From Joseph C. Cabell
Warminster. 22d. August. 1817.
As soon after the afflicting scene produced by the death of my mother as I could find time to write I have copied the enclosed papers1 for the loan of which I return you my sincere thanks. It is to be regretted that such tables are not kept at all the colleges along the atlantic Coast, as well. They would soon throw abundant light on the nature of our climate.
I have sent subscription papers for the Central College into the different counties and places assigned to me at the late meeting: with the exception of some of the counties of the Northern Neck, with regard to which, I thought I might with propriety depart in a small degree from the course I promised to pursue. It appeared to me on further consideration rather doubtful whether those counties, after having lost so much property by the enemy, would be able or willing to contribute to the endowment of the Central College. On the other hand it seemed to be the desire of yourself & Mr. Jefferson to avoid fruitless applications. I therefore determined to write to a friend in the lower part of the northern Neck, & to another in the upper, requesting each to speak to the liberal men in the surrounding counties respectively, and thro’ the medium of conversation, to sound the disposition of the citizens in that quarter of the State; and only in the event of finding a favorable temper, to exhibit the subscription papers & to sollicit subscribers. Mr. Ellyson Currie of Lancaster,2 & Mr. William Brent of Stafford,3 are the persons alluded to. I hope this modification of my engagement with respect to those counties will be acceptable to yourself & Mr. Jefferson, inasmuch as it was with that View that I adopted it.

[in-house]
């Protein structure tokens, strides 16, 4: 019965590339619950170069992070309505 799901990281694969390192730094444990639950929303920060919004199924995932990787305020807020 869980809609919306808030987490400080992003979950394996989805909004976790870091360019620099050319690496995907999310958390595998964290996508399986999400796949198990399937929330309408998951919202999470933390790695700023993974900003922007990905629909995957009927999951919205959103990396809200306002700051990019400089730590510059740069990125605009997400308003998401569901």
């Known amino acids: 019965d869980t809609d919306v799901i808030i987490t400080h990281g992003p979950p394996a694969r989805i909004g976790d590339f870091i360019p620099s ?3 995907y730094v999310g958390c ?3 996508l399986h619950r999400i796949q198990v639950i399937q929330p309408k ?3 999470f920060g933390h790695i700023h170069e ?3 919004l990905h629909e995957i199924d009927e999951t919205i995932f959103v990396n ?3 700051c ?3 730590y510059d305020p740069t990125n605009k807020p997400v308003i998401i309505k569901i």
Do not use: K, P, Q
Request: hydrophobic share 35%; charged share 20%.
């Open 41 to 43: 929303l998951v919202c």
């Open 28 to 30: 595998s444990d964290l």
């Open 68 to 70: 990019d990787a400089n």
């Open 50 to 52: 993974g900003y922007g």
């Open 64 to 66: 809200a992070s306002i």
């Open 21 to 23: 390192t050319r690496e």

My confinement at home in consequence of the late illness of my mother, & the prevalence of the bilious fever in my family, has deprived me of the opportunity which I otherwise should have possessed of knowing the probable result of the subscription in the counties on this side of Albemar[l]e. From what I have yet heard, it is likely to be very small. I shall attend Nelson Court on monday with the view of promoting it as far as lies in my power. It is pleasing, however, to be informed that the subscription in Albemarle already amounts to nearly $30,000.
Our fields are covered with abundant crops, but bilious fevers of uncommon malignity prevail in this part of the State. With best wishes for the health & happiness of yourself & Mrs. Madison I remain, Dr. Sir, very respectfully & truly yours,
Joseph C. Cabell
(DLC). Docketed by JM.
2. Ellyson Currie represented Lancaster County, Virginia, as a member of the House of Delegates, 1801–5 and 1812–13, and in the Senate, 1806–10. He also served in the Constitutional Convention of 1829 (Earl G. Swem and John W. Williams, eds., A Register of the General Assembly of Virginia, 1776–1918, and of the Constitutional Conventions (Richmond, 1918), 365).
3. William Brent of Stafford County, Virginia, was a member of the Virginia House of Delegates, 1809–11 (ibid., 351).